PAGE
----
Jump to content

Tony M

Advanced Members
  • Content count

    811
  • Joined

  • Last visited

Community Reputation

465 Excellent

About Tony M

  • Rank
    Senior Member

Recent Profile Visitors

4,980 profile views
  1. Settlement visa are no longer scanned at VFS in Bangkok. The system failed miserably, and submitted documents could not be seen, or found, by the processing ECO in Sheffield. Not surprisingly, this has resulted in many applications being refused because "documents were not submitted". UKVI have made no attempt to review the refusal decisions, so applicants are having to appeal. Having charged (settlement) applicants around 2,500 GBP to process their application, UKVI have made no attempt to rectify their processing errors. The system is a complete mess. Currently, all documents must be sent by post to UKVI Sheffield. There is no scanning at all in Bangkok. The documentation must include a pre-paid addressed envelope for the documents to be returned to either the sponsor in the UK or the applicant (in Thailand, or wherever). The blurb from the British Embassy in Bangkok says that there will be no change to the current system of visit applications. So how will VFS, or UKVI Bangkok, get the documents to New Delhi ? The scanning system has been proven to have failings. We await further info from UKVI Bangkok. It's interesting to see that the Embassy, and UKVI, don't foresee any changes to their current service levels. Common sense would dictate that, if documents have to be sent physically to Delhi, then service standards will drop. Alternatively, if they use the scanning system which has already failed, then I guess that we can indeed expect no change in service standards, in that applications will continue to be refused on the grounds that "no documents were submitted". That would seem to be the current service standard. To answer another earlier posted question, Bangkok handles around 100,000 - 120,000 applications a year, of all categories. Some of those applications are from Cambodia, Myanmar, etc.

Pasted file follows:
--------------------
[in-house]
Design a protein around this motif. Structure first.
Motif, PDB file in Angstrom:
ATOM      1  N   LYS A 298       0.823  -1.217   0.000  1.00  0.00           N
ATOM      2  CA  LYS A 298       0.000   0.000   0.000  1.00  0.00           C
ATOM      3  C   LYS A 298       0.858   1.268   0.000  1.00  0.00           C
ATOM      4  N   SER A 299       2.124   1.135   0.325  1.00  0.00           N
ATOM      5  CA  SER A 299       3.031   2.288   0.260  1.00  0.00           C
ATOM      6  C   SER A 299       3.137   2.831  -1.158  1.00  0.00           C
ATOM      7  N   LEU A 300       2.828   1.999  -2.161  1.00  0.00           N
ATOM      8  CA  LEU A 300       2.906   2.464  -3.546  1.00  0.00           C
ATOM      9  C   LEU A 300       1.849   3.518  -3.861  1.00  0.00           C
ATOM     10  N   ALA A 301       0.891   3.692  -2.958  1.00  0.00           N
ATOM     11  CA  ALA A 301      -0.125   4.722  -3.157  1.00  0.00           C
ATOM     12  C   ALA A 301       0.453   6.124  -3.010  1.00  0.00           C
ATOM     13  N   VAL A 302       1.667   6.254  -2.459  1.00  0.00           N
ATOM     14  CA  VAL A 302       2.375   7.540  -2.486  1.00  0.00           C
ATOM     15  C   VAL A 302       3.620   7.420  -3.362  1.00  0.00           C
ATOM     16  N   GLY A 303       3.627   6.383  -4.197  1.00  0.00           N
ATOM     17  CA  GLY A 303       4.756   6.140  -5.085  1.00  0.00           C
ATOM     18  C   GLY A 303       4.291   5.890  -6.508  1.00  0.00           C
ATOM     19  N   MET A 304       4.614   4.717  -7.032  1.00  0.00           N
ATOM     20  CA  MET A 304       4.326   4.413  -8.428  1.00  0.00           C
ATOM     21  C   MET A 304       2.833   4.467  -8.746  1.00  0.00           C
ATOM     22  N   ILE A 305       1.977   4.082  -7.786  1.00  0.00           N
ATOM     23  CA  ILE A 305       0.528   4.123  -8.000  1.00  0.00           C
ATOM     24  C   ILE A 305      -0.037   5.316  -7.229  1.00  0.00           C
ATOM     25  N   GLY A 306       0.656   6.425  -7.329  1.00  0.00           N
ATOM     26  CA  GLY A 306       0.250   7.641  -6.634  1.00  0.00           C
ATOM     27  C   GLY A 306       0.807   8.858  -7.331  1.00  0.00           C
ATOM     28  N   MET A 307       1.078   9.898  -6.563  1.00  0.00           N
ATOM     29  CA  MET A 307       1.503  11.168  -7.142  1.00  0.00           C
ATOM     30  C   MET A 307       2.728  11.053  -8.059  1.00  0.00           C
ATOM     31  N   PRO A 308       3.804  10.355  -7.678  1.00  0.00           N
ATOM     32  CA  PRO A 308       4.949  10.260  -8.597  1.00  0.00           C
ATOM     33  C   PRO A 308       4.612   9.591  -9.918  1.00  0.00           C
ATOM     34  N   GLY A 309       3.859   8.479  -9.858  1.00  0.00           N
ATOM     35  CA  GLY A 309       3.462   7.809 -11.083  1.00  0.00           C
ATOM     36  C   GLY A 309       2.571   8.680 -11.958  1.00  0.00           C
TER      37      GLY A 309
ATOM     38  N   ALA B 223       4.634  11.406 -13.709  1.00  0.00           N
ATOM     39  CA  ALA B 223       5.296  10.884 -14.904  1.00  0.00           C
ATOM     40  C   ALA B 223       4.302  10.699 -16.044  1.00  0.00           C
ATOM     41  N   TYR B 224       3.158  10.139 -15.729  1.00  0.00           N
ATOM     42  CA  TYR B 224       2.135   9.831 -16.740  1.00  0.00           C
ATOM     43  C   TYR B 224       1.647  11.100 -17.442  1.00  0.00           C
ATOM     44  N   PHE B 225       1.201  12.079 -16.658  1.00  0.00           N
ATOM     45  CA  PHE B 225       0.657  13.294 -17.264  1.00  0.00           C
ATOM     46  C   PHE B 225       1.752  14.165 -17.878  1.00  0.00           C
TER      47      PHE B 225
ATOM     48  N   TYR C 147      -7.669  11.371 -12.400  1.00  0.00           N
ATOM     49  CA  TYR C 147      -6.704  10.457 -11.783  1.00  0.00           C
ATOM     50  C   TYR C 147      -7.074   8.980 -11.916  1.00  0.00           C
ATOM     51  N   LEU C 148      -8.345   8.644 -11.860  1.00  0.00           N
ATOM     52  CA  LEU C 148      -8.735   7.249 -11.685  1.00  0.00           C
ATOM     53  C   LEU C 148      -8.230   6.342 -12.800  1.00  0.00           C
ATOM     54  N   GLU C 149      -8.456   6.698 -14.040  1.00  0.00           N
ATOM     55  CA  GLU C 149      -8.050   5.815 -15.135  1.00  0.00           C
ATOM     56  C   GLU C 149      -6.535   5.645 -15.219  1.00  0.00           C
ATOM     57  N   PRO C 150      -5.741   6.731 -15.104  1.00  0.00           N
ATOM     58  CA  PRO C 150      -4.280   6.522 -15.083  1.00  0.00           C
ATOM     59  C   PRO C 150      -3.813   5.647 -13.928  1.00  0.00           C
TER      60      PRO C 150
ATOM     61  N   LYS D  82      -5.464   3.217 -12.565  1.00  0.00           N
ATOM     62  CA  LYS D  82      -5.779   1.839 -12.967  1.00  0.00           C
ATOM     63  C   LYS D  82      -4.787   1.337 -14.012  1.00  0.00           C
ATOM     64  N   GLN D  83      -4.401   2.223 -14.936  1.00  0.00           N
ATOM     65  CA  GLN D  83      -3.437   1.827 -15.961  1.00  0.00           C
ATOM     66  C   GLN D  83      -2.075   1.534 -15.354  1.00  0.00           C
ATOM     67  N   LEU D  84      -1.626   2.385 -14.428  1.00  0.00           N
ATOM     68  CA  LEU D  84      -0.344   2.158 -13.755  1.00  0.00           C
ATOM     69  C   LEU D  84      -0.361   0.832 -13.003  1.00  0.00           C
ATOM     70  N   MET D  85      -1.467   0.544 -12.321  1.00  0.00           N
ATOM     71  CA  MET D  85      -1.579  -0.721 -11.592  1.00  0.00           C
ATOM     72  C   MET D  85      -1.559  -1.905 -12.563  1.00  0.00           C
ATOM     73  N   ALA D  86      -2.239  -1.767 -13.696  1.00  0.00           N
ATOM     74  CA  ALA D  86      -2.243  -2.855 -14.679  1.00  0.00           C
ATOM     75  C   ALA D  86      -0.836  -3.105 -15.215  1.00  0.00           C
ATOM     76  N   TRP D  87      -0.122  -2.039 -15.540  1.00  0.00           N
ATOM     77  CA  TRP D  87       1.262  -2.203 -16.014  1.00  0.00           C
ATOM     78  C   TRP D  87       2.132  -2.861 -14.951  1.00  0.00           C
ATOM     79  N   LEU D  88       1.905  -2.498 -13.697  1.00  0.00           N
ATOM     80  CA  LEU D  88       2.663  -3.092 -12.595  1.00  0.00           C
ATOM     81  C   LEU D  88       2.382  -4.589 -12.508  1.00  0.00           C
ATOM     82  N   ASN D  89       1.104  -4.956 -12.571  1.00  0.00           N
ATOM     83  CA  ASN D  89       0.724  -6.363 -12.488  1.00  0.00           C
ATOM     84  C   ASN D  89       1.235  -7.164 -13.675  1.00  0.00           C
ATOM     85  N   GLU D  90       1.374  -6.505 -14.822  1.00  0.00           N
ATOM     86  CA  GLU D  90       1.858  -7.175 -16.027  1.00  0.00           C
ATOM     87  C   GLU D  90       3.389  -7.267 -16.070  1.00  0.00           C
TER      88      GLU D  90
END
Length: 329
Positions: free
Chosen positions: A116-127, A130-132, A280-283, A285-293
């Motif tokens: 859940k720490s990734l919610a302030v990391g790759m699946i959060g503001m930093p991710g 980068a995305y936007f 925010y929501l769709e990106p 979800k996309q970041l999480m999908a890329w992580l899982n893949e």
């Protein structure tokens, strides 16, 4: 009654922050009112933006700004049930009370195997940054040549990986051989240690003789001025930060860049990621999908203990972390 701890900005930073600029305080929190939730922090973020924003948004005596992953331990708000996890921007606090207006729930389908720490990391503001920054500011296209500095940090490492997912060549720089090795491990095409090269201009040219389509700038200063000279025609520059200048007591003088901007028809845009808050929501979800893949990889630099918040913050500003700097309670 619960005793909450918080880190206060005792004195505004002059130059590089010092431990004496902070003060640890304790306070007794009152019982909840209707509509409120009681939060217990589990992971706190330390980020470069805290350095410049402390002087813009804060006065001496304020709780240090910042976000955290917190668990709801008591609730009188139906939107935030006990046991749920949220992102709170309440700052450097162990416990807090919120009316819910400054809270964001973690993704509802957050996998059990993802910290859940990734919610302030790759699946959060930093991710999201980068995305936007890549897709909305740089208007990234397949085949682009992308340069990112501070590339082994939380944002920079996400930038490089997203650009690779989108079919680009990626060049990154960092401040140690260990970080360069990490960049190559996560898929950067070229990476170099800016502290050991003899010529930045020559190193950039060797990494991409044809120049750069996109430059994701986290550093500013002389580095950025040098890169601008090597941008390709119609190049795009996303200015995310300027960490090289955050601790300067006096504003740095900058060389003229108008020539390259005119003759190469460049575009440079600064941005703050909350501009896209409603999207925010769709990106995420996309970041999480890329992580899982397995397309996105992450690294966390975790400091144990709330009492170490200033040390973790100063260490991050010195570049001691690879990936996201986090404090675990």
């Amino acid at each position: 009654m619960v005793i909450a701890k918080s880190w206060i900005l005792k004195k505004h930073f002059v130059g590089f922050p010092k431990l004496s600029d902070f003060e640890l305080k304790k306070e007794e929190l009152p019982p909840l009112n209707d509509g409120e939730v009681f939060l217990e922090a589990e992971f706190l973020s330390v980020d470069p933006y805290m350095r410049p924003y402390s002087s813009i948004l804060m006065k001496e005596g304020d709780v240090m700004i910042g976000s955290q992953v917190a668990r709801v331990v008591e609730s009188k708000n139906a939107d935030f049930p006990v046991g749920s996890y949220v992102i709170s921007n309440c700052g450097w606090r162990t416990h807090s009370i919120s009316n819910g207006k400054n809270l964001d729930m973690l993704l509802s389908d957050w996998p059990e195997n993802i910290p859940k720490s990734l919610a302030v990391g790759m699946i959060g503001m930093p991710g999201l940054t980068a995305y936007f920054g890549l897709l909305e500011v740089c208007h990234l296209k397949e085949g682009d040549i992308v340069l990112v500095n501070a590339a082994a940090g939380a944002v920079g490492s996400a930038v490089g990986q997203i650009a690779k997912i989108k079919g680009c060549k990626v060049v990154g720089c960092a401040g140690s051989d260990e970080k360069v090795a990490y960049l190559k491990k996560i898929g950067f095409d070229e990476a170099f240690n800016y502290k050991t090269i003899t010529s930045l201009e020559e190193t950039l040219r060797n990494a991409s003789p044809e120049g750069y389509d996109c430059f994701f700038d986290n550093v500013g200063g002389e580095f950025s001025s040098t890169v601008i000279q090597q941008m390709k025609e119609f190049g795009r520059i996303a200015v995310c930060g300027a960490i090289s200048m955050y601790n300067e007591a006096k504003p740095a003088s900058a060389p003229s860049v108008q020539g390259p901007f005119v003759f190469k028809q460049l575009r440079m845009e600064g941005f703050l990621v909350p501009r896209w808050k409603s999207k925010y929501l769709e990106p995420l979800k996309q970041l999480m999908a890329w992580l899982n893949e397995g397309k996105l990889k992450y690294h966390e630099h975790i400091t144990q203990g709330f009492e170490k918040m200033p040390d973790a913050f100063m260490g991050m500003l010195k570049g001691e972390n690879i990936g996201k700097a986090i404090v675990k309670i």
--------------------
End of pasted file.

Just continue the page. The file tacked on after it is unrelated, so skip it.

2. You are right, but it could not be any worse that the processes that are in place at the moment. I get the impression that the UKVI have no real interest in detecting fraudulent applications and/or documents. Certainly, in times gone by, documents submitted with visa applications were fairly carefully scrutinised. That doesn't seem to be happening now, and it is clear that a fair proportion of fraudulent applications have been successful over recent years. The Australians have actual contact with applicants if they have doubts about possible fraud. They even have a form, that they send, or give, to the applicant, asking if they want to change anything in the application ( a copy is attached). The will to deal "properly" with UK visa applications seems to have been put aside in the interest of amassing revenue. In my opinion, of course. 1023.pdf
  3. The fun will, of course, continue when the Bangkok visa section closes down in about 6 months time. As I understand it, no decision has yet been finalised on where the visit visa applications from Thailand will be processed. It could be Sheffield, or it could be Abu Dhabi, or it could be somewhere else. However, if there is no scanning at VFS Bangkok, then applications will need to be sent to wherever the processing is being done, and a pre-paid addressed envelope supplied too. I wonder how easy it will be to get a pre-paid envelope from Abu Dhabi for documents to be sent back to Thailand. I suppose UKVI will, as usual, inform applicants where to send their applications at least a day or two in advance. Why can't UKVI just come up with a reasonable system, perhaps along the lines of the Australian system, whereby applicant/sponsors scan and upload their own documents, from home or wherever to the Aussie immigration service ?